My Resumption of Caloric Restriction with Adequate Nutrition (CRAN)

by Ben Best




I was a practitioner of Caloric Restriction with Adequate Nutrition (CRAN) in the 1990s, as I described in my 1995 CRAN documentation and my 1998 CRAN documentation. After well over a decade of not practicing CRAN other than to avoid unnecessary eating, I returned to the practice in 2010 — although my goals and my methods have been different from what they once were.

In the 1990s I had been attempting to have a fat-free diet, which led to heart problems that caused me to abandon calorie restriction in a panic. A diet without essential fatty acids is not "Adequate Nutrition". Despite my subsequent studies on essential fatty acids and DocasaHexaenoic Acid (DHA), I did little more than mildly restrict my diet. I was determined that if I ever resumed the practice of CRAN that it would be without counting calories and weighing food.

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My weight in the first decade of the 21st century was in the 140+ pounds range (I am 5'7" tall). My diet was very healthy for the most part — mostly ovo-lacto-vegetarian except for occasional meat — although I now believe that I was addicted to fruit. Fruit sugar is mostly fructose, and fructose promotes insulin resistance & weight gain — to say nothing of overeating [AMERICAN JOURNAL OF CLINICAL NUTRITION; Elliot,SS; 76(5):911-922 (2002)]. I had too much of a sweet tooth. Snacking is really deadly. I find it much, much easier to go for long periods without eating than to try to eat in small quantities. A little bit of food creates a strong temptation to have more (and is thus not very satisfying).

In the summer of 2010 I took a ten-day trip to England, where it was hard for me to find the "healthy food" I had been consuming on a regular basis at home. When I returned I discovered that I had lost over five pounds. Somehow this inspired me to get myself down to 130 pounds and hold my weight there.

Aside from all the fruit snacking I had been doing during the day prior to my trip, I had been eating basically two meals per day accompanied by supplements. My sense that it is important to get all my supplements — and that supplements should be taken with food — has been a rationalization for much unnecessary eating ("eating by the clock").

My dinner meal had grown particularly large. It consisted of about 2 cups of broccoli crowns blended with whey protein & linseed in water in an industrial-strength blender. Plus half an avacado. I felt this was not enough solid food, so I also had half a cup of microwaved egg-white mixed with oatmeal, cheese and walnuts. Upon my return from England I decided to split my dinner meal and have the blended broccoli and egg-white mix on alternate days. I would still have half an avacado daily. The avacado is to help with absorption of the oil-soluble nutritional supplements. I cut-out most of the fruit I had been eating, except blueberries and occasional strawberries. I had adopted the practice of chewing Trident gum — partly for the low-calorie sweetness, and partly for the tooth-clensing benefit. I was able to drop below 130 pounds.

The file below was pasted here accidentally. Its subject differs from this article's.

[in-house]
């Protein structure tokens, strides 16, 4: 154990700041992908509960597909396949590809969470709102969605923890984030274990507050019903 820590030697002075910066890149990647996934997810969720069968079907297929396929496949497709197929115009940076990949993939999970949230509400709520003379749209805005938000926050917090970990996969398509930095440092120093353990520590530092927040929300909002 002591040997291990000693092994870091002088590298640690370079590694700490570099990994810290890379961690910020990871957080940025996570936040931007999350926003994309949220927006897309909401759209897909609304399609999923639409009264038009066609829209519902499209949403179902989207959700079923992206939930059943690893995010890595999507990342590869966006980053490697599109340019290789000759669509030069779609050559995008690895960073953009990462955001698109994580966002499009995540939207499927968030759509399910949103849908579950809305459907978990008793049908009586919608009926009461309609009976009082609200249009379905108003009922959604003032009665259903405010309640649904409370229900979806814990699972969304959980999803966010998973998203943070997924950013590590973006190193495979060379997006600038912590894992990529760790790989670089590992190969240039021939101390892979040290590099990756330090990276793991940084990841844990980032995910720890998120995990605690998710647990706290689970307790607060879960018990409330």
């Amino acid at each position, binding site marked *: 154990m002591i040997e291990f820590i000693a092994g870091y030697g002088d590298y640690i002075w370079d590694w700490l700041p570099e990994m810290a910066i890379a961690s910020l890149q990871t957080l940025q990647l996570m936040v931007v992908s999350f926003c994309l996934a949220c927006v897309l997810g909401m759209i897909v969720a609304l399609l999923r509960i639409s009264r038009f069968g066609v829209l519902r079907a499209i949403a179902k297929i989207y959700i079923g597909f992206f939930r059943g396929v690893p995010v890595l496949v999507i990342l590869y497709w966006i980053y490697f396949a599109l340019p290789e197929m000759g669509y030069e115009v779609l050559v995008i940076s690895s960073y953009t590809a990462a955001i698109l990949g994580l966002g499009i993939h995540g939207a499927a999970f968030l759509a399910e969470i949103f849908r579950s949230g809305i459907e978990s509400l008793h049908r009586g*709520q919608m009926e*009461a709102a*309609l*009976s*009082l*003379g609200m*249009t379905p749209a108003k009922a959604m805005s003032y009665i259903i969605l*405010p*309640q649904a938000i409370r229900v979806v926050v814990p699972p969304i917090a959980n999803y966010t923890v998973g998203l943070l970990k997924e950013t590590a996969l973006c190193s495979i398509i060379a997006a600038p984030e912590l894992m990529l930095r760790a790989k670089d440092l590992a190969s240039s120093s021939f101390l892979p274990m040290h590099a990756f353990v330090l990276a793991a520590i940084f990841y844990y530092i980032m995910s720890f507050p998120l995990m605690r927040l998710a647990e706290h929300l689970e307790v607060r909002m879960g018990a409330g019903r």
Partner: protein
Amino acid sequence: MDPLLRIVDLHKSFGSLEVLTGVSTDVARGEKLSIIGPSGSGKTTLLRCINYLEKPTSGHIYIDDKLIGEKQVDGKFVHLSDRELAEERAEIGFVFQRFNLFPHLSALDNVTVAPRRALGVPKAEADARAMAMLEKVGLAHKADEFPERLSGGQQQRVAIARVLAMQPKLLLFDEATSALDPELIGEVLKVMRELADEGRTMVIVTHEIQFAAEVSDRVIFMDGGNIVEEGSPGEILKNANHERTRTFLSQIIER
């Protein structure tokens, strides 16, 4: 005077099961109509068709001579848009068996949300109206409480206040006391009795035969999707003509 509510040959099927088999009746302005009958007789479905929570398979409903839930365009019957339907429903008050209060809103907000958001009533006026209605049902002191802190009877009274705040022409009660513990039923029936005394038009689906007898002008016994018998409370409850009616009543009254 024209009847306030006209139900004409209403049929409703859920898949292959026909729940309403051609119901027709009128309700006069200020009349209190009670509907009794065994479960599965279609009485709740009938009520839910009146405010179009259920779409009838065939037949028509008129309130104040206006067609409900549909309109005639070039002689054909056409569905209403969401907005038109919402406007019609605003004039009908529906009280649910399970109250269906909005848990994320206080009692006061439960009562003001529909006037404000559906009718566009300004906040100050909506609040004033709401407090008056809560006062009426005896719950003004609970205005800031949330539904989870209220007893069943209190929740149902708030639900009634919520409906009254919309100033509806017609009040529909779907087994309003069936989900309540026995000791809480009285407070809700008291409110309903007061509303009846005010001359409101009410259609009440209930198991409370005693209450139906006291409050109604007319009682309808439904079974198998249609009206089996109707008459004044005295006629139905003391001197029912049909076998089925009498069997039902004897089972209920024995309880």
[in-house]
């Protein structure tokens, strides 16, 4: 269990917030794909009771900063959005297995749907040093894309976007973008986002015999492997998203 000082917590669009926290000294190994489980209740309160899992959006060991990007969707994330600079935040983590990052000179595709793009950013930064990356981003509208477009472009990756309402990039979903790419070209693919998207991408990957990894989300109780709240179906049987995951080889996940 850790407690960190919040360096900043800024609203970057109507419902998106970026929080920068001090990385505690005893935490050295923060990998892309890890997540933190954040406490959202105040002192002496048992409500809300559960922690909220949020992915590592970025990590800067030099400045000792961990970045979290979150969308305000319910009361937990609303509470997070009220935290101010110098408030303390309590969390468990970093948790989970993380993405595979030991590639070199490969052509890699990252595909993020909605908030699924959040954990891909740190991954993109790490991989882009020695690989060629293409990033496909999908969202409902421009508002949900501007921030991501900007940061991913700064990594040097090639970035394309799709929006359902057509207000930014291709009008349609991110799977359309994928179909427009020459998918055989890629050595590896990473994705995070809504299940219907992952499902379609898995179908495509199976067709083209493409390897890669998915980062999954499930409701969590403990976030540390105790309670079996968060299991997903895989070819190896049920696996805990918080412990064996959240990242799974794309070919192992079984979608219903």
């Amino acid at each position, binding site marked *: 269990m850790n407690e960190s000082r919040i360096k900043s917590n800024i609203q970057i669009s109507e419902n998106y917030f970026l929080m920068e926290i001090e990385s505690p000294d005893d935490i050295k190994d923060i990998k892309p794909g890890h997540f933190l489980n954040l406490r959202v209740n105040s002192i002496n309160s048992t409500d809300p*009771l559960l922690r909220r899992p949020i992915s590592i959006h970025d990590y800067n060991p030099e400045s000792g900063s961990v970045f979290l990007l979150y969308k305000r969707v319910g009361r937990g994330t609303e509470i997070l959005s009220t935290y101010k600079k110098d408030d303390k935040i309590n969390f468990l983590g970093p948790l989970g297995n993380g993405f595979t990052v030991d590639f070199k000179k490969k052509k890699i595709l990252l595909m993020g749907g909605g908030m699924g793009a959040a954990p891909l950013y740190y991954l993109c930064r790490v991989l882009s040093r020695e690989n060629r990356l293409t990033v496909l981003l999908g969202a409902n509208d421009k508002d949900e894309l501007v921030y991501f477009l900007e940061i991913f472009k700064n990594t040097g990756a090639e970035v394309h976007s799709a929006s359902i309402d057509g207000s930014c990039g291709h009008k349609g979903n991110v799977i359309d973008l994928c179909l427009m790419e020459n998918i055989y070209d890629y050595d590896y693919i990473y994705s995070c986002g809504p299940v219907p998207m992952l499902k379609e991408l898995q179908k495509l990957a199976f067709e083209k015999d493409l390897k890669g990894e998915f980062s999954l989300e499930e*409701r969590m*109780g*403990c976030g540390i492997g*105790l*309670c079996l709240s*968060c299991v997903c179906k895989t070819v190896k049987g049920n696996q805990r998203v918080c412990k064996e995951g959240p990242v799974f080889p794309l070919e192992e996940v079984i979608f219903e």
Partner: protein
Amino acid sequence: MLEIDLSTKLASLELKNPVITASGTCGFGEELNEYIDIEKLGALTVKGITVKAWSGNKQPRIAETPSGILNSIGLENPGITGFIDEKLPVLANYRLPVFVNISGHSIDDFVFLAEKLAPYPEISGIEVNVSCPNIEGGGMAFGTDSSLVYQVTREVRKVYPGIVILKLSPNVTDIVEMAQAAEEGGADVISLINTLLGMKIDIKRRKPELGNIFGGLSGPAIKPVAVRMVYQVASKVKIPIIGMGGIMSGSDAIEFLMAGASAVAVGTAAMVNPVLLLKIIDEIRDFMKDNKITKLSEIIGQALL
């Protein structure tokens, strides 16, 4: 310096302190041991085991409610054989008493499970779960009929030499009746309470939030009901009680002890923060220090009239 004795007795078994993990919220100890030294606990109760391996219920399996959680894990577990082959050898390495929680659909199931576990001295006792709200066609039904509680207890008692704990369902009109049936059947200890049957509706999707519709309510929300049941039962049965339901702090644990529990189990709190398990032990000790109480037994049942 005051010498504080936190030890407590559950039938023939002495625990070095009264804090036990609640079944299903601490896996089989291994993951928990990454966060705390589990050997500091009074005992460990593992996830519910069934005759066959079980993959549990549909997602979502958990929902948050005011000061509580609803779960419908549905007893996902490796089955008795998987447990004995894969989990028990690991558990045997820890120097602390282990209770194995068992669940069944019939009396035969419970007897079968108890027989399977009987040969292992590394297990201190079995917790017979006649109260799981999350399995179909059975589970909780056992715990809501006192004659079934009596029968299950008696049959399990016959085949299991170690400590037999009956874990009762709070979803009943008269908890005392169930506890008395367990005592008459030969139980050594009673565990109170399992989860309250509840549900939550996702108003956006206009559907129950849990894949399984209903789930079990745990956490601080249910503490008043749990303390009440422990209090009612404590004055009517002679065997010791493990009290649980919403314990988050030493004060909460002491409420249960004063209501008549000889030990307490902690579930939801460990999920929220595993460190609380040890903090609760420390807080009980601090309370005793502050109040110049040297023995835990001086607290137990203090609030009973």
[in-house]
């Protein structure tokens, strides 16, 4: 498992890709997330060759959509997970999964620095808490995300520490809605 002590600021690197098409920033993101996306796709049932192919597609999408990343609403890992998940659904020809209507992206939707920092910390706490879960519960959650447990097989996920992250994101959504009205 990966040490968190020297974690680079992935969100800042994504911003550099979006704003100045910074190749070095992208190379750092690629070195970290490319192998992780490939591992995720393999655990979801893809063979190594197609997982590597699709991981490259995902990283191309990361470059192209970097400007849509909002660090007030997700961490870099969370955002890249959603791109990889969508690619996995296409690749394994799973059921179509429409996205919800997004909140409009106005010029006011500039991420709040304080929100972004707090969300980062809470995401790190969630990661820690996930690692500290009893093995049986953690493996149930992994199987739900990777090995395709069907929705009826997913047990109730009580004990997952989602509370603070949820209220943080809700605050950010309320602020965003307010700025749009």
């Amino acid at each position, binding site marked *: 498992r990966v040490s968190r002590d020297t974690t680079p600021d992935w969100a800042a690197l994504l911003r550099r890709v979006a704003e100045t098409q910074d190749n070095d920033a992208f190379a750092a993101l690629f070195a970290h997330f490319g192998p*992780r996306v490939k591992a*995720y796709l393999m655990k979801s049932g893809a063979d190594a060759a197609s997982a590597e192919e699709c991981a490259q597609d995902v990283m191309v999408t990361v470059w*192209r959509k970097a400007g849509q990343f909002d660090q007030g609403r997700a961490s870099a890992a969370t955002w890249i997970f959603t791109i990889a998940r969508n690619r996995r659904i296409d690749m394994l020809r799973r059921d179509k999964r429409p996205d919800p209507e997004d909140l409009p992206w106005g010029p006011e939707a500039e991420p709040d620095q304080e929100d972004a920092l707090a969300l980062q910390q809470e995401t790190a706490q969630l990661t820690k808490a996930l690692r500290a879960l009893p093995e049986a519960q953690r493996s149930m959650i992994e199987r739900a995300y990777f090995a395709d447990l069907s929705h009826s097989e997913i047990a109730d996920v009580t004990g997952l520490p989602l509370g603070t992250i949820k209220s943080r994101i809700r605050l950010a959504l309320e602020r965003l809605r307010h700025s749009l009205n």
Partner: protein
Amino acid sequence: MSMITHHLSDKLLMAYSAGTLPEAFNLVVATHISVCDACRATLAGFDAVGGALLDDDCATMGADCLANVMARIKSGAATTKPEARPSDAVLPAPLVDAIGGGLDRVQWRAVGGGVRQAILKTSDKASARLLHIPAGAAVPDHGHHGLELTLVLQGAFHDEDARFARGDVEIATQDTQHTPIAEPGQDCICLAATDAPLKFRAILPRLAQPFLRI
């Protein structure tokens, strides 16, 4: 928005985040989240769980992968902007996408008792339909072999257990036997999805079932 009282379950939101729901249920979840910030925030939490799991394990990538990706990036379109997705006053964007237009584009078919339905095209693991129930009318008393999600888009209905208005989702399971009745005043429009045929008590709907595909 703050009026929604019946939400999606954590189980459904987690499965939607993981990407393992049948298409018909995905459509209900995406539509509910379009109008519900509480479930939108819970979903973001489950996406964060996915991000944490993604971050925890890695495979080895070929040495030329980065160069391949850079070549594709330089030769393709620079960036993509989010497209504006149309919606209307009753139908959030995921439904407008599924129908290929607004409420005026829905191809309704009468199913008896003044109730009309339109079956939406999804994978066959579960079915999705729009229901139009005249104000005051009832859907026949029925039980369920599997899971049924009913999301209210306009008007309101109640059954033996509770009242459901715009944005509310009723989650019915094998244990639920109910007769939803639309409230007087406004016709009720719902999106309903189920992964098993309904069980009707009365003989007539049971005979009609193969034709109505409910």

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My mid-day meal consists of plain non-fat yogurt to which I add blueberries, oatmeal, and walnuts. I had been eating cashews regularly until I decided that cashews go rancid too easily, and caused me to be consuming advanced-glycation end-products. I am somewhat committed to eating blueberries regularly because of the reputed benefits for aging & cognitive function — with help from strawberries & walnuts [THE JOURNAL OF NUTRITION; Joseph,JJ; 139(9):1813S-1817S (2009)].

Prior to Spring 2010 I only exercised three times weekly. But in the Spring I had visited a cardiologist because of ST segment depression I had gotten on treadmill electrocardiogram tests. My heart proved to be in great shape, but I decided to begin exercising daily — partly for the cardio benefits and partly to relieve some of the great emotional stress I am often subject to. I spend 45 minutes per day on my own stairmaster. Exercise and dietary protein are both of great value for the weight loss phases of CRAN.

To help prevent hemorrhoids associated with CRAN, as well as to reduce the risk of colon cancer associated with inadequate fiber and bulk, I resumed my practice of eating a high-fiber "snack". The quotes are relevant, because it is not very tasty. The "snack" consists of containers of:

     125 ml (1/2 cup) Fibre One Cereal
     125 ml (1/2 cup) Quaker Oat Bran
     125 ml (1/2 cup) Wheat Bran

When I eat one of these containers, I first mix 15 ml (a tablespoon) of unflavored, sugarfree Konsyl (formerly I was using Metamucil) (100%w/w psyllium hydrophilic mucilloid) with water in a bowl until I get a thick, uniform liquid. Then I dump-in the container contents and mix to get an incredibly high-fiber "meal". I eat these containers once every few days, and well-apart from my regular meals because I believe they would interfere with the absorption of my supplements (especially the minerals). Oat Bran lowers blood cholesterol, and blood glucose and blood insulin — the latter of benefit in reducing glycation (see my article Mechanisms of Aging). Wheat Bran and psyllium both reduce the chance of hemorrhoids and in animal experiments are highly protective against colon cancer [CANCER LETTERS; Alabaster,O; 75(1):53-58 (1993)]. FIBRE ONE has wheat bran & corn bran and is sweetened with aspartame rather than with loads of sugar (unlike the other high fiber cereals).